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Best EUR to INR Exchange Rate Resources
Euro to Rupee Exchange Rate History
The euro (EUR, €) is the world’s second most traded currency. Eleven states initially signed onto the common monetary agreement in 1999, and the eurozone has since expanded to include 19 countries, with Lithuania the most recent entrant in January 2015. The Indian government currently employs currency controls, including strict limitations on outgoing money transfers that are denominated in rupees (INR, “Rs”).
These restrictions mean that the rupee is less frequently used than the euro in international payments, but it is nonetheless used by almost one-fifth of the world’s population. Both the rupee and the euro are on floating exchange rate arrangements, and the euro-to-rupee exchange rate (EUR to INR) has fluctuated considerably in recent years.
Early Years: 1999-2002
The euro was only used in electronic transactions between its creation in 1999 and January 2002, when hard currency first entered into circulation. During that two-period, uncertainty over the euro’s success kept its value relatively low against the US dollar (USD) and the British pound sterling (GBP). However, by the late 1990s, the value of the Indian rupee had already declined sharply since independence in 1947, pushed down by high inflation, weak economic competitiveness and rising public debt.
When the euro was first introduced in 1999, it emerged at a value of Rs50. In the two-year interim period, its value traded between Rs50 and Rs40, although it dipped to a bottom of roughly Rs39.5 at two points in May and October 2000. However, the euro steadily gained value against the rupee from July 2001 onward. By December 2002, 12 months after the euro officially entered circulation, the EUR to INR exchange rate had regained the Rs50 level. It has not dipped below this level since.
Ups and Downs: 2003-2013
In the five years between January 2003 and January 2008, the EUR to INR exchange rate varied between outer limits of Rs50 and Rs60. The euro reached peaks of roughly Rs59 in December 2004 and August 2006, as European economic growth boomed and India struggled to increase its competitiveness, and bring inflation and public debt under control. Over the course of 2008 and 2009, as the subprime mortgage crisis spread into a general financial crisis in the US, the euro’s value remained relatively strong, according to data from the European Central Bank (ECB). The euro’s value shot up against the rupee in that period, hitting an initial peak of Rs67.6 in July 2008 and a then-historic high of Rs70.3 in September 2009 - the first time the Rs70 mark was surpassed.
However, as the global economic crisis spread to Europe, putting pressure on heavily-indebted states and the eurozone financial system, the euro lost value against the majority of global currencies. The euro lost 18% of its value against the rupee between November 2009 and June 2010 - the sharpest change seen in either direction - to settle at Rs56.82 by end-June.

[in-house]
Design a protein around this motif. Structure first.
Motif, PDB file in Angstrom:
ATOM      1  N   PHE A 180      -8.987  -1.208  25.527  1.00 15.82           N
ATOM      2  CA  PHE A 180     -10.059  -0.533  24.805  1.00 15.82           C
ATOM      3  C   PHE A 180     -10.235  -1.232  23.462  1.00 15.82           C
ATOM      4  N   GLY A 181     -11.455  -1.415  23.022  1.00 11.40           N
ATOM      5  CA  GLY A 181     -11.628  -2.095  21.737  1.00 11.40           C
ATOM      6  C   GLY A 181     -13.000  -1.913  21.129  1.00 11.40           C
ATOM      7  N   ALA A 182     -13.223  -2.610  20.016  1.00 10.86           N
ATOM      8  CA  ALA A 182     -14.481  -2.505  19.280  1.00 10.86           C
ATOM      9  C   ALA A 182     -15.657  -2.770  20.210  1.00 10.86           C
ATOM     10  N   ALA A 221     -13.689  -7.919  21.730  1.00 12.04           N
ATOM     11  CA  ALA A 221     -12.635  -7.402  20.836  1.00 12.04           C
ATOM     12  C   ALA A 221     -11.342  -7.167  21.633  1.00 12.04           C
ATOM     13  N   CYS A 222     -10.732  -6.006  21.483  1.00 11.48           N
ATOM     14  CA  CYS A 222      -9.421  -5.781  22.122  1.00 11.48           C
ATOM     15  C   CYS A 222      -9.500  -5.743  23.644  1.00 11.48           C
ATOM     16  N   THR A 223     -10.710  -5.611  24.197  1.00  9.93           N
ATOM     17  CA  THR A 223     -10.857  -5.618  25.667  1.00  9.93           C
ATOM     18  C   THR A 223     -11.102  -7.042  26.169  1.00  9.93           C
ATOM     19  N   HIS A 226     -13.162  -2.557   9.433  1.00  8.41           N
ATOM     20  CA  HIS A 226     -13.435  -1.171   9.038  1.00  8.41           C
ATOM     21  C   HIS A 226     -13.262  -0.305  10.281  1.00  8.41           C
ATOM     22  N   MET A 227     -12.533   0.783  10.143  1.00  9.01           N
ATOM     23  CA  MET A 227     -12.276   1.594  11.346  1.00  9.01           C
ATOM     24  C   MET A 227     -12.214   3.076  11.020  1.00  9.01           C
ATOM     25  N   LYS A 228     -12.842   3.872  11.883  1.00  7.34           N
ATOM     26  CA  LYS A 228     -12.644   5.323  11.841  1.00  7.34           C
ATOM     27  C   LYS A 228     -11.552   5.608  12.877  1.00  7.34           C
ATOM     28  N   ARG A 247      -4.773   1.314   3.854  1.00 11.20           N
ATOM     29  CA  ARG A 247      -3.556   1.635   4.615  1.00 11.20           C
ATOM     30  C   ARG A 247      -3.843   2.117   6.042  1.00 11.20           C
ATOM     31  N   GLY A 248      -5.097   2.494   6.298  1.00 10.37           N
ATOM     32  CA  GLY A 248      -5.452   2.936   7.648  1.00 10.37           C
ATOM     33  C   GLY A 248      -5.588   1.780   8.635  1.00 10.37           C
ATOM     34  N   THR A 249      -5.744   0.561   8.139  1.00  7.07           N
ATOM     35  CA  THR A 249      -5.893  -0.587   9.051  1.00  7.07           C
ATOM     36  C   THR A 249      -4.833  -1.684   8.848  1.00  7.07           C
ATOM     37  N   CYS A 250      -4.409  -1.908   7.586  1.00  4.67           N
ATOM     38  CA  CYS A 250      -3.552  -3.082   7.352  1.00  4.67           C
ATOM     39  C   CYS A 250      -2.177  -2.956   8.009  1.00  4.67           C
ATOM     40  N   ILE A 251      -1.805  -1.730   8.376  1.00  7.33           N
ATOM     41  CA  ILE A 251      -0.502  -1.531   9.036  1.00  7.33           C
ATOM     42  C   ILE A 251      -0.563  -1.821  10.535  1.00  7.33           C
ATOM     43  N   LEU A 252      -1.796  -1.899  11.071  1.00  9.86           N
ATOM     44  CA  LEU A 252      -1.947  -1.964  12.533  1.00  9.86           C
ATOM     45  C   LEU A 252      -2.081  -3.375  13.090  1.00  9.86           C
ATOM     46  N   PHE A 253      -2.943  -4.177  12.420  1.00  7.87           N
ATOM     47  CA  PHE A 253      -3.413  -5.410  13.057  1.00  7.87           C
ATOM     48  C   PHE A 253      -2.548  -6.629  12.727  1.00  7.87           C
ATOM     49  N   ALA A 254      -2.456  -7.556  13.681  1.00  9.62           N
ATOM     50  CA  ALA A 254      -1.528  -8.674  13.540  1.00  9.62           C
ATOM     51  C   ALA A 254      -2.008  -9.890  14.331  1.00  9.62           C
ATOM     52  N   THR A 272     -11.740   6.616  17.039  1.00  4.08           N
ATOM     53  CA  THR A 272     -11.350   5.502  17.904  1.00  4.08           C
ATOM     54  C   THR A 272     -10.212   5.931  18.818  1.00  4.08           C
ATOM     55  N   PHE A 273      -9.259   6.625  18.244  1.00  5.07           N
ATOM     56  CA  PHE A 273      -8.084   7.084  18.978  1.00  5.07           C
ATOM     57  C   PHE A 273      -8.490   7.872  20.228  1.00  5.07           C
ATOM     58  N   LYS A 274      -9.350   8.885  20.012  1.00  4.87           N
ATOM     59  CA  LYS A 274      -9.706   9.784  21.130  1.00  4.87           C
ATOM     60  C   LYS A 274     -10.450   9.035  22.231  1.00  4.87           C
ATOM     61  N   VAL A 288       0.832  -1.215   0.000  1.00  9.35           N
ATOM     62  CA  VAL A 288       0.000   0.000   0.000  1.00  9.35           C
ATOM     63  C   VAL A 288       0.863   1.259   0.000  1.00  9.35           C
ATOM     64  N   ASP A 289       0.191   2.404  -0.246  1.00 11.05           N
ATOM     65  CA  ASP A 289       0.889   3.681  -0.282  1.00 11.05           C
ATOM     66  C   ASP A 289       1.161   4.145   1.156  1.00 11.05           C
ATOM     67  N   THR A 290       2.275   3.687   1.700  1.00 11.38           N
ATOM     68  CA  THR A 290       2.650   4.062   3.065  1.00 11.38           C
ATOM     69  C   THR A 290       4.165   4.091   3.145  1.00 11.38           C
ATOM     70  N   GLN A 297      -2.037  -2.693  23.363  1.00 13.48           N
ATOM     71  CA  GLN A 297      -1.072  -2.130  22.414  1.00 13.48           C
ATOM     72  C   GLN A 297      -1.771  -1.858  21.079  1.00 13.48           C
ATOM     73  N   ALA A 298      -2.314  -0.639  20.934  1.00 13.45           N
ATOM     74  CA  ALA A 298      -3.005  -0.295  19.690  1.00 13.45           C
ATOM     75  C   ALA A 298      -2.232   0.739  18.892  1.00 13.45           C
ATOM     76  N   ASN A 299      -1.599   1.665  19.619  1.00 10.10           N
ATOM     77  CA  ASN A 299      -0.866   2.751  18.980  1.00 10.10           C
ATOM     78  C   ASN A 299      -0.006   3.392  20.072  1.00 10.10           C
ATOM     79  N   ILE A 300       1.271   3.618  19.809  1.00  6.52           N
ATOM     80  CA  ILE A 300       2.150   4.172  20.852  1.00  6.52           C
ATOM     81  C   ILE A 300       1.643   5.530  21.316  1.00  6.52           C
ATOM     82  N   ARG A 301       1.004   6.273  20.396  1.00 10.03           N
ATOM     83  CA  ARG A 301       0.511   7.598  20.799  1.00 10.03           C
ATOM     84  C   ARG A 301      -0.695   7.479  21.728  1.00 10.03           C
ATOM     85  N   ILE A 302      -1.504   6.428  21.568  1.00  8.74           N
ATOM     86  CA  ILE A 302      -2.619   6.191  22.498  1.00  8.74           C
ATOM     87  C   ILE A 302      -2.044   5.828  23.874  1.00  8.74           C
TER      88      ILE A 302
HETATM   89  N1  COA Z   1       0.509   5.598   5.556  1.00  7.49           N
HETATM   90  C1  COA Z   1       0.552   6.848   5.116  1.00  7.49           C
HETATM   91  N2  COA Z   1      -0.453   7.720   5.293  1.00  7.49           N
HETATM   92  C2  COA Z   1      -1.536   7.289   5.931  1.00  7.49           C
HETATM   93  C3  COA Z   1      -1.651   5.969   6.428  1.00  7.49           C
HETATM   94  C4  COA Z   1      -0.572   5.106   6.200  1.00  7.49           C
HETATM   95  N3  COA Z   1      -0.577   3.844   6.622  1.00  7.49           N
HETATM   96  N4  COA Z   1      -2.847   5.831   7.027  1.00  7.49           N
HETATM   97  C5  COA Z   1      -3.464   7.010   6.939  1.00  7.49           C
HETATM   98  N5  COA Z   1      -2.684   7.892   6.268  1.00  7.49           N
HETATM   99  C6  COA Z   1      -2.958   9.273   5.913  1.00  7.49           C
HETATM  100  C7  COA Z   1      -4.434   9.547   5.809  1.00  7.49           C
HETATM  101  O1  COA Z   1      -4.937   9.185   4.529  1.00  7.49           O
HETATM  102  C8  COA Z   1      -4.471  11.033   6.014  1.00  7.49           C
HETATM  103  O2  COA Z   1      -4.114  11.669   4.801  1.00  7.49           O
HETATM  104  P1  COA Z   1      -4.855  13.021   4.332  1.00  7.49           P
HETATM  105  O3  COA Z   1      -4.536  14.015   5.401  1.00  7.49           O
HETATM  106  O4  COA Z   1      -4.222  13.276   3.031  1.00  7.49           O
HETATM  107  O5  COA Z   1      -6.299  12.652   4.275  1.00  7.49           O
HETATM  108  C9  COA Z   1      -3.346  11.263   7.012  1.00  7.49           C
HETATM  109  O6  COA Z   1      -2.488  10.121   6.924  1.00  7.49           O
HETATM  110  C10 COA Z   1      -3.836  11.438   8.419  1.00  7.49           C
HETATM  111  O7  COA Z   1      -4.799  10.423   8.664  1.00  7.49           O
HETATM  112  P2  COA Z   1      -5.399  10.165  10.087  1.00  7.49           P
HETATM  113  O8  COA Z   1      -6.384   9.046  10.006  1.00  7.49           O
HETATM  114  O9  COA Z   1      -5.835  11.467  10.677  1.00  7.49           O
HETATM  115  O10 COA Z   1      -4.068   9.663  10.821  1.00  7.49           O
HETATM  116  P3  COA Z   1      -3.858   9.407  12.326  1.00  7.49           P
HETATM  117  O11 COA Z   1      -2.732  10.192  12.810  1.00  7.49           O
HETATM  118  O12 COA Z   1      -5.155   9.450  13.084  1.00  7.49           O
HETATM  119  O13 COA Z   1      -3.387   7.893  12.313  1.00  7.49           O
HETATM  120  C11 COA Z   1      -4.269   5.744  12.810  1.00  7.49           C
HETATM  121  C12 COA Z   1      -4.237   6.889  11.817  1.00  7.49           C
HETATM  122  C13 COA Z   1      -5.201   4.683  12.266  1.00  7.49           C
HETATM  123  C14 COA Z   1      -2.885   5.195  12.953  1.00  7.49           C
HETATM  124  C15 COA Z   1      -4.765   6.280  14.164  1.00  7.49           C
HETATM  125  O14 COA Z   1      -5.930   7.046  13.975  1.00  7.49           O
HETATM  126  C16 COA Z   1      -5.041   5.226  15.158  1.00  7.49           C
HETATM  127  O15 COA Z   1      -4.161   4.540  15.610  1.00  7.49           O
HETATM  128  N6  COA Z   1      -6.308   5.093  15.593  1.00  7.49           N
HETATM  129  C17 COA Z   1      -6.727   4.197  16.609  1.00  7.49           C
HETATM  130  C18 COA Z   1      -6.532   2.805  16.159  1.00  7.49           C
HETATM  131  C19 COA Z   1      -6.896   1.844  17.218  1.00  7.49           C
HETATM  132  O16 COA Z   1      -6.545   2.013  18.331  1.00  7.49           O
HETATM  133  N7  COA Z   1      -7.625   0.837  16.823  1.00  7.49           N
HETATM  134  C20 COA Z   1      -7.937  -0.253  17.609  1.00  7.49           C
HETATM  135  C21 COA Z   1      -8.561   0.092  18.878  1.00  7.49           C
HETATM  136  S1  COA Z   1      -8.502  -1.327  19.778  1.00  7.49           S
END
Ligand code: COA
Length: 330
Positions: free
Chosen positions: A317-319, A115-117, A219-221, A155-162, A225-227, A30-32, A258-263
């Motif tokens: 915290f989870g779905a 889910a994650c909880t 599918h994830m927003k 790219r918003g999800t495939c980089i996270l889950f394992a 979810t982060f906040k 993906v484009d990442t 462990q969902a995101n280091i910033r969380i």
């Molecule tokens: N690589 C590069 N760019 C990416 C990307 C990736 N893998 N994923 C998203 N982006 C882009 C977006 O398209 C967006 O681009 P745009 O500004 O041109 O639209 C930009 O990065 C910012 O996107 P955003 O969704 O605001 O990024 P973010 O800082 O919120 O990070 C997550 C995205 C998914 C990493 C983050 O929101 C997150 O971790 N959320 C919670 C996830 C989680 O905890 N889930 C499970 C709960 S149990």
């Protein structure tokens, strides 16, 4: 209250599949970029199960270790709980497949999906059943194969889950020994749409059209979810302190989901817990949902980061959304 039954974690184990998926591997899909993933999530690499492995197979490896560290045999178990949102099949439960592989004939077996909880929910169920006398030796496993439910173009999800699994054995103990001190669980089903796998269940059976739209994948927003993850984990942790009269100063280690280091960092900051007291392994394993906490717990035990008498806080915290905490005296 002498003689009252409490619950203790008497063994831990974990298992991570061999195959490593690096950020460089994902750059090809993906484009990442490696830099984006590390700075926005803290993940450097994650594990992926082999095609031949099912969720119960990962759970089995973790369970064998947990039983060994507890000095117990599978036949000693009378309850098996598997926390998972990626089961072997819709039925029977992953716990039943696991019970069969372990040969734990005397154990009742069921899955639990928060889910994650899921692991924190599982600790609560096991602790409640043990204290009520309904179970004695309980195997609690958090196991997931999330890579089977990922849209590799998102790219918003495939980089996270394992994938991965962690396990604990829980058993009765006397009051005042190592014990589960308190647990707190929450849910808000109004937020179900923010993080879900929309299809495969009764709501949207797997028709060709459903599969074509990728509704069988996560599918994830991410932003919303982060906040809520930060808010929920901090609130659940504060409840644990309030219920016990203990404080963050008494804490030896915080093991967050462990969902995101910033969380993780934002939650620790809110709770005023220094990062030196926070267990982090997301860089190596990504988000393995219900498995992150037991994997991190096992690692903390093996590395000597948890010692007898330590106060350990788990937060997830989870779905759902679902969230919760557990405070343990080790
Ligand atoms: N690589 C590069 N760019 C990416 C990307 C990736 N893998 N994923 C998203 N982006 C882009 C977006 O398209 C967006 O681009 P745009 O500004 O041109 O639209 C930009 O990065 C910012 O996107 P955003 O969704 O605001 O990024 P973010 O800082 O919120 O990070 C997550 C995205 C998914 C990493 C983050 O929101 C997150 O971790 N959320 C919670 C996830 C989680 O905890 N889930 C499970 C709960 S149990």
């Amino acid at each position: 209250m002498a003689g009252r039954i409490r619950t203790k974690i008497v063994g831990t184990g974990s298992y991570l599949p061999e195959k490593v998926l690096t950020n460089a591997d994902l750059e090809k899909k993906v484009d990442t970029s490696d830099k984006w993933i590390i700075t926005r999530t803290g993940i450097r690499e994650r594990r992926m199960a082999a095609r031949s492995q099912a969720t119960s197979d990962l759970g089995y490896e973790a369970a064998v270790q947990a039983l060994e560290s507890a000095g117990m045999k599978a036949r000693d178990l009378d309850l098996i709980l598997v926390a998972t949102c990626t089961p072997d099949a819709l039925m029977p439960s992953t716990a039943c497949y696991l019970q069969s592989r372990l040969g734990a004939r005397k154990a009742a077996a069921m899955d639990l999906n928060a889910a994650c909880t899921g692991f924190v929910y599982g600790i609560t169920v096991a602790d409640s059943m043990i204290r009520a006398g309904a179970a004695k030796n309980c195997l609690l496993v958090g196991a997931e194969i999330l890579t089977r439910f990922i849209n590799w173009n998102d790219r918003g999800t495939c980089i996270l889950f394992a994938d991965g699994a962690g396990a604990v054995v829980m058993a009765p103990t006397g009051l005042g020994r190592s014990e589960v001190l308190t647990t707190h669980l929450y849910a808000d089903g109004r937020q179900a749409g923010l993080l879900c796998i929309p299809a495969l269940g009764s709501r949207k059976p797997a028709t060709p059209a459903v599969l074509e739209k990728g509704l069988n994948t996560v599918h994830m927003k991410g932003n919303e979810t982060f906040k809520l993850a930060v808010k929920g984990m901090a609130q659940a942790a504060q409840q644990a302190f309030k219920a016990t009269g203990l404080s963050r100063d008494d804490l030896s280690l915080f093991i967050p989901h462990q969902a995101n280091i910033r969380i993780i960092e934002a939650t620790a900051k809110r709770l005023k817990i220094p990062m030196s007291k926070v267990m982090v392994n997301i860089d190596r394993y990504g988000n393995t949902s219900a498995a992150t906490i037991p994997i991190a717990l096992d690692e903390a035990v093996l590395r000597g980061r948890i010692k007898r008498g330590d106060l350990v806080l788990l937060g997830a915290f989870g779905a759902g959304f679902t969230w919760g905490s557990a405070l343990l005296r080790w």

Reversal of Fortune: 2013-2015
Economic growth has been slow to recover in the eurozone, but with the worst of the global financial crisis in the past, the euro steadily gained value against the rupee. The EUR:INR exchange rate regained its previous peak of Rs70 by December 2011, and largely traded between Rs67 and Rs72 from early 2012 until May 2013.
The United States Federal Reserve Board (“Fed”) announced in May 2013 that it would begin to reduce its programme of massive sovereign bond purchases, known as “quantitative easing”. The programme had helped to sustain the economies of several emerging market countries and made BRIC countries (Brazil, Russia, India and China) attractive hubs for foreign investment during that time. However, the news that the Fed would consider withdrawing some of its support for emerging economies caused their currencies to plummet over the course of 2013, as investors rapidly pulled out their money.
As economic growth began to return slowly to Europe and capital leaked out of India - worsening rupee inflation - the EUR to INR exchange rate shot to a historic high of Rs90 by August 2013. The Fed chose to maintain its quantitative easing programme, and as fears eased, the exchange rate settled somewhat to roughly Rs85 between September 2013 and March 2014.
The tides turned once again in late 2014. India’s newly elected government promised substantial economic reforms in the second half of the year, improving investor confidence in the economy and strengthening the rupee slightly. Meanwhile, the newly elected Greek government struggled to reach an agreement with European authorities over its debt repayment schedule in early 2015, reviving fears of a possible Greek exit from the eurozone. This instability, combined with the euro’s tip into deflation, drove down the euro’s value from Rs81.79 in August 2014 to Rs69.54 by March 2015 - a decrease of nearly 15% in just six months, and with continued expectations for a weak euro in 2015.
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